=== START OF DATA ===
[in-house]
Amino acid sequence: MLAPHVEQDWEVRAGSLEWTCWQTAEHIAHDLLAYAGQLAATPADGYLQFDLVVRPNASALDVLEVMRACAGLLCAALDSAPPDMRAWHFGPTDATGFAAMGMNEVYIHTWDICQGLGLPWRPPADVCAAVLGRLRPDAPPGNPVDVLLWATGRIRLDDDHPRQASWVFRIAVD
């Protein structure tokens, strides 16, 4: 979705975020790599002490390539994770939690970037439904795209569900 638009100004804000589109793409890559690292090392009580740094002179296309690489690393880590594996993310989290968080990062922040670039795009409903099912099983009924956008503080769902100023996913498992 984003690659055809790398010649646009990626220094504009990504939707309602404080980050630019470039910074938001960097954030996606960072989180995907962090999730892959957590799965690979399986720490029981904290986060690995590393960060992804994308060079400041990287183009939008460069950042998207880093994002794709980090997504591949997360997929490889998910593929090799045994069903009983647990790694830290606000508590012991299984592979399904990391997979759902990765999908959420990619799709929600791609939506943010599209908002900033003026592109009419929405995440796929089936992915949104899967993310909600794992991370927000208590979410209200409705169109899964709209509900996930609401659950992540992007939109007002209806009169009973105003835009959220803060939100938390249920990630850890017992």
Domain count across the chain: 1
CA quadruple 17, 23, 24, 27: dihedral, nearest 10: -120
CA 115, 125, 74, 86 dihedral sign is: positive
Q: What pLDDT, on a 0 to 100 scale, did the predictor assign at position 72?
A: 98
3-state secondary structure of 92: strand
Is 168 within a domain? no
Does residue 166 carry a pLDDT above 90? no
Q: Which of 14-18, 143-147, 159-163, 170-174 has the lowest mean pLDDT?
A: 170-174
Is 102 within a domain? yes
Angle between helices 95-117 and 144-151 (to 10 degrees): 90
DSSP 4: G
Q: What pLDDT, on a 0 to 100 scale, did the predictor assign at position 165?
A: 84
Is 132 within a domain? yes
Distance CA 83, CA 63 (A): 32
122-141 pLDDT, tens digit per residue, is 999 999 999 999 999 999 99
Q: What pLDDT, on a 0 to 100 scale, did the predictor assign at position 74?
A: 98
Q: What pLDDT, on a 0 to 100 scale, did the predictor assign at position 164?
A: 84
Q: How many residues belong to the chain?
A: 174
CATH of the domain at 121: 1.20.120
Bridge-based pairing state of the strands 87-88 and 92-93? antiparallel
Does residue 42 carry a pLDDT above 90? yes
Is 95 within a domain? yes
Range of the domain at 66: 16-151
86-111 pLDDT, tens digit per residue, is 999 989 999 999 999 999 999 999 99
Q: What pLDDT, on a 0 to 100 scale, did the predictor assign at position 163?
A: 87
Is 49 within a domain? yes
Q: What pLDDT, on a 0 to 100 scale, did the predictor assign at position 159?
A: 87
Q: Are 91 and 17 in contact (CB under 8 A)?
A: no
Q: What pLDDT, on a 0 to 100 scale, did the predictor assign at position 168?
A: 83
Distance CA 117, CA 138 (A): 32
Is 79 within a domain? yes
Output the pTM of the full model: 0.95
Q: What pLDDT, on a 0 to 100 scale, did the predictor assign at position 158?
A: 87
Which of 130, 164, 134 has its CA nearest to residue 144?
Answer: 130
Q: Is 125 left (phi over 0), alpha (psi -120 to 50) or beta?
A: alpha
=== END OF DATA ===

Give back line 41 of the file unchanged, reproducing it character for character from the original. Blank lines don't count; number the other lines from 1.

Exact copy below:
Q: What pLDDT, on a 0 to 100 scale, did the predictor assign at position 168?